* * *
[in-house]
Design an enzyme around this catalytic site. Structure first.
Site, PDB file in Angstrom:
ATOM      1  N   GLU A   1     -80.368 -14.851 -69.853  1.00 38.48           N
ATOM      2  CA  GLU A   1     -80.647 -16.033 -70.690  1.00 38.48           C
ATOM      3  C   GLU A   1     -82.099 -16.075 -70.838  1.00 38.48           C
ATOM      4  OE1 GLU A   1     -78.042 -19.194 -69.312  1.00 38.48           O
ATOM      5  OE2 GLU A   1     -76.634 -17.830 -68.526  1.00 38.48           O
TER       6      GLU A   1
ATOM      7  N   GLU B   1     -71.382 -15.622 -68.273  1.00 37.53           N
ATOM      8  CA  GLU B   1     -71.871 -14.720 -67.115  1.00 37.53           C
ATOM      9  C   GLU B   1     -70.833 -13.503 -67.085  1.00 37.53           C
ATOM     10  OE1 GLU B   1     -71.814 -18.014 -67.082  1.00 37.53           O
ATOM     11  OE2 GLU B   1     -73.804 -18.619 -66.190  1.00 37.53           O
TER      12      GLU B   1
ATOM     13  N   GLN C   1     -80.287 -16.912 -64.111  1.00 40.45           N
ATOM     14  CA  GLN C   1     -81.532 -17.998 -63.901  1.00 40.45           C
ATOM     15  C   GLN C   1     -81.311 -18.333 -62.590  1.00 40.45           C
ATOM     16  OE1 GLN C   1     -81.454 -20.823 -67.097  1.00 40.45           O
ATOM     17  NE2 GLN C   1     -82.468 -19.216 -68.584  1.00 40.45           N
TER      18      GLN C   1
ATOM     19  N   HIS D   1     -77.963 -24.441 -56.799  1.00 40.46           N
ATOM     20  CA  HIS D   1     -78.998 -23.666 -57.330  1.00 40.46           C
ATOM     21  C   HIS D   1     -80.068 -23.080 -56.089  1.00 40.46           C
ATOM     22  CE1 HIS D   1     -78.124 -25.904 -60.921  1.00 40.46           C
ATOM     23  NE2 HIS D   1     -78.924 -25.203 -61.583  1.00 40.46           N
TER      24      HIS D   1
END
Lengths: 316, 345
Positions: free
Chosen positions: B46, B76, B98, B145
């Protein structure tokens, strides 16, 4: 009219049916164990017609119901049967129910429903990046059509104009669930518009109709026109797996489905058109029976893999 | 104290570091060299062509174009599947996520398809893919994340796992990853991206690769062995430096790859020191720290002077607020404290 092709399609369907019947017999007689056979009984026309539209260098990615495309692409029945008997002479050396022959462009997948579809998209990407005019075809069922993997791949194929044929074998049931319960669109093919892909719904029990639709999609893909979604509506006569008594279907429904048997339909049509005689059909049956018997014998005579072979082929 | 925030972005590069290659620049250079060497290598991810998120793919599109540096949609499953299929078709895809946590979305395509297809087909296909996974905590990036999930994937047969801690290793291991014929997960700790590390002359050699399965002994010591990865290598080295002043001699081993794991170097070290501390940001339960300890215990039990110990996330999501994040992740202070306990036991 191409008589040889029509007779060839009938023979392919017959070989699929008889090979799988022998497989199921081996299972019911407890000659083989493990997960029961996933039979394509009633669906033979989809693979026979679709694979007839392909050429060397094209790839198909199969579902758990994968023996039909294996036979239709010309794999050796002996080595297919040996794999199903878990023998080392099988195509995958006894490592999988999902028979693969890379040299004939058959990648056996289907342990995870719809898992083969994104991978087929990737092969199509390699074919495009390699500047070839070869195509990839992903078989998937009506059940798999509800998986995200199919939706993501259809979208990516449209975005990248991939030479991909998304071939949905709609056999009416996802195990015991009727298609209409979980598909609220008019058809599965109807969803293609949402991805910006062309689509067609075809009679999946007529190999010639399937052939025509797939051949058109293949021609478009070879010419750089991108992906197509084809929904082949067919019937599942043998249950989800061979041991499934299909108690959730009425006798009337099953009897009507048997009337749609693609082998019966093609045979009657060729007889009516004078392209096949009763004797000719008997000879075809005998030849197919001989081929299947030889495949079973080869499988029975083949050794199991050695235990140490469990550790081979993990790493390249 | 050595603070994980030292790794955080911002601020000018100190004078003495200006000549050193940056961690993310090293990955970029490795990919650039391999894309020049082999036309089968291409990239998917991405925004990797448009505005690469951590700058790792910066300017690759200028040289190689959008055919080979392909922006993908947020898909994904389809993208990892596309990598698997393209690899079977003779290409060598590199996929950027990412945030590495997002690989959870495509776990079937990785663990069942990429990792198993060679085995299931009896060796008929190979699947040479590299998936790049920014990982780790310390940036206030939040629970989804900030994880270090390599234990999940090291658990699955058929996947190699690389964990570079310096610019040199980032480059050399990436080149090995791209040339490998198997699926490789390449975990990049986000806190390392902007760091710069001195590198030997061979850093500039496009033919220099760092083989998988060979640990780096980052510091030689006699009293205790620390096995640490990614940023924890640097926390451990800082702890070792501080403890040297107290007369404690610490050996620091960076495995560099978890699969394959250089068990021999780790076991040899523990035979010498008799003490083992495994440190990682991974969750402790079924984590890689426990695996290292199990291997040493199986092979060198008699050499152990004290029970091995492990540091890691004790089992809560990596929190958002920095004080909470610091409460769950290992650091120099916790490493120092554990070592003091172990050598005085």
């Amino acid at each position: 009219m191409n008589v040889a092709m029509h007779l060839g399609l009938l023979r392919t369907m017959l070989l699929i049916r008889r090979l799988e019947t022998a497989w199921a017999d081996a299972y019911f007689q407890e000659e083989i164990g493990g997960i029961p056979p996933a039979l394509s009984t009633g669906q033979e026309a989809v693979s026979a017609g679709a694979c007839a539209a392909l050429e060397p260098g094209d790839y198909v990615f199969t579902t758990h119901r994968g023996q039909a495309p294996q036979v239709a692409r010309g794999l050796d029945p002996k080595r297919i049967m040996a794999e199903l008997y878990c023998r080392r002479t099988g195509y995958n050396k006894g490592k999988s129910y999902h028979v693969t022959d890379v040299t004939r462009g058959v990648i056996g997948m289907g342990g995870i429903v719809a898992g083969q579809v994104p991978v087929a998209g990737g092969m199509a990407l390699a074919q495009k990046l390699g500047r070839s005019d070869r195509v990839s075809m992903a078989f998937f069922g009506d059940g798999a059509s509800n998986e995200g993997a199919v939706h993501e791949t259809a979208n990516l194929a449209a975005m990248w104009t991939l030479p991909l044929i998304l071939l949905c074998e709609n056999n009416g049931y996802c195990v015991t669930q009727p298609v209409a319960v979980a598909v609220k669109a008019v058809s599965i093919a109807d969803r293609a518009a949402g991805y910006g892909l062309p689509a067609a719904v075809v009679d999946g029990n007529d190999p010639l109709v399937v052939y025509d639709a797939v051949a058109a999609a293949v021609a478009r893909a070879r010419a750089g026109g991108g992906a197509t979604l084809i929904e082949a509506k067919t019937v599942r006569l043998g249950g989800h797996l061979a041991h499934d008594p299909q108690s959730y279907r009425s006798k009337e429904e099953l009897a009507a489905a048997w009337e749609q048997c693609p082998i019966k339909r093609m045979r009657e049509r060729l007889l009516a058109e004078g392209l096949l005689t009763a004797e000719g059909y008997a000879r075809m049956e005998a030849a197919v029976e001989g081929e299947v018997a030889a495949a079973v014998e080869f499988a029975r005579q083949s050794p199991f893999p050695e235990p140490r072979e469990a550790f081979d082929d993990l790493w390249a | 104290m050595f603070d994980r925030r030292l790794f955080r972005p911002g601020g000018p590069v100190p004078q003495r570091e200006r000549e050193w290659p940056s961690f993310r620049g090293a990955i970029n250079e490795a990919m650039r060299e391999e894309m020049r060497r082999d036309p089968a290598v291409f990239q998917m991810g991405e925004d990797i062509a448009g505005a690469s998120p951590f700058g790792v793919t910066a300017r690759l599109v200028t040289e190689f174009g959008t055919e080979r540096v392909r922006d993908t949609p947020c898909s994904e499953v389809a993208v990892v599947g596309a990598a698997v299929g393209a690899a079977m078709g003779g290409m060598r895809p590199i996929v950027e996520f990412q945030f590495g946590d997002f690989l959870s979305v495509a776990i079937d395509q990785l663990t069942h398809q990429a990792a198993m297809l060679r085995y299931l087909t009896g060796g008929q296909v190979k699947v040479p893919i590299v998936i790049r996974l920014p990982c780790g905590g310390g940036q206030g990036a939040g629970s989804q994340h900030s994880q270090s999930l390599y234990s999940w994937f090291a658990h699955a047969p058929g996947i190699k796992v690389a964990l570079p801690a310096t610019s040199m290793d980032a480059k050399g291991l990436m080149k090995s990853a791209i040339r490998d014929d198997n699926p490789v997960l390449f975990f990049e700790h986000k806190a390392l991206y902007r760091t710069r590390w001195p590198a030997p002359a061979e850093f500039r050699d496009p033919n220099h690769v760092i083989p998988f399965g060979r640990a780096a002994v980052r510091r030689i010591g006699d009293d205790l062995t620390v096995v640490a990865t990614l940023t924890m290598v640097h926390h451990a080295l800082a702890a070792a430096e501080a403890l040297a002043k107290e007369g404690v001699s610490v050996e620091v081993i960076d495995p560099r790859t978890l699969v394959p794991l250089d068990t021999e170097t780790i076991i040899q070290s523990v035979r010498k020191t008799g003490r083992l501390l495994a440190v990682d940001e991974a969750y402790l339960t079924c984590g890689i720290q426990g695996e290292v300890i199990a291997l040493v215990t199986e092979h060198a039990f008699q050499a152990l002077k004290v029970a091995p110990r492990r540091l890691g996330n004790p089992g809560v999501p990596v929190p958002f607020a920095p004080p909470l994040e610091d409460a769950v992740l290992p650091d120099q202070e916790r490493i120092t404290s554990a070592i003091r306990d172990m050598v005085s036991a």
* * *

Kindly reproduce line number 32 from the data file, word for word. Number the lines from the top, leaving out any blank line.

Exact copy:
């Protein structure tokens, strides 16, 4: 009219049916164990017609119901049967129910429903990046059509104009669930518009109709026109797996489905058109029976893999 | 104290570091060299062509174009599947996520398809893919994340796992990853991206690769062995430096790859020191720290002077607020404290 092709399609369907019947017999007689056979009984026309539209260098990615495309692409029945008997002479050396022959462009997948579809998209990407005019075809069922993997791949194929044929074998049931319960669109093919892909719904029990639709999609893909979604509506006569008594279907429904048997339909049509005689059909049956018997014998005579072979082929 | 925030972005590069290659620049250079060497290598991810998120793919599109540096949609499953299929078709895809946590979305395509297809087909296909996974905590990036999930994937047969801690290793291991014929997960700790590390002359050699399965002994010591990865290598080295002043001699081993794991170097070290501390940001339960300890215990039990110990996330999501994040992740202070306990036991 191409008589040889029509007779060839009938023979392919017959070989699929008889090979799988022998497989199921081996299972019911407890000659083989493990997960029961996933039979394509009633669906033979989809693979026979679709694979007839392909050429060397094209790839198909199969579902758990994968023996039909294996036979239709010309794999050796002996080595297919040996794999199903878990023998080392099988195509995958006894490592999988999902028979693969890379040299004939058959990648056996289907342990995870719809898992083969994104991978087929990737092969199509390699074919495009390699500047070839070869195509990839992903078989998937009506059940798999509800998986995200199919939706993501259809979208990516449209975005990248991939030479991909998304071939949905709609056999009416996802195990015991009727298609209409979980598909609220008019058809599965109807969803293609949402991805910006062309689509067609075809009679999946007529190999010639399937052939025509797939051949058109293949021609478009070879010419750089991108992906197509084809929904082949067919019937599942043998249950989800061979041991499934299909108690959730009425006798009337099953009897009507048997009337749609693609082998019966093609045979009657060729007889009516004078392209096949009763004797000719008997000879075809005998030849197919001989081929299947030889495949079973080869499988029975083949050794199991050695235990140490469990550790081979993990790493390249 | 050595603070994980030292790794955080911002601020000018100190004078003495200006000549050193940056961690993310090293990955970029490795990919650039391999894309020049082999036309089968291409990239998917991405925004990797448009505005690469951590700058790792910066300017690759200028040289190689959008055919080979392909922006993908947020898909994904389809993208990892596309990598698997393209690899079977003779290409060598590199996929950027990412945030590495997002690989959870495509776990079937990785663990069942990429990792198993060679085995299931009896060796008929190979699947040479590299998936790049920014990982780790310390940036206030939040629970989804900030994880270090390599234990999940090291658990699955058929996947190699690389964990570079310096610019040199980032480059050399990436080149090995791209040339490998198997699926490789390449975990990049986000806190390392902007760091710069001195590198030997061979850093500039496009033919220099760092083989998988060979640990780096980052510091030689006699009293205790620390096995640490990614940023924890640097926390451990800082702890070792501080403890040297107290007369404690610490050996620091960076495995560099978890699969394959250089068990021999780790076991040899523990035979010498008799003490083992495994440190990682991974969750402790079924984590890689426990695996290292199990291997040493199986092979060198008699050499152990004290029970091995492990540091890691004790089992809560990596929190958002920095004080909470610091409460769950290992650091120099916790490493120092554990070592003091172990050598005085």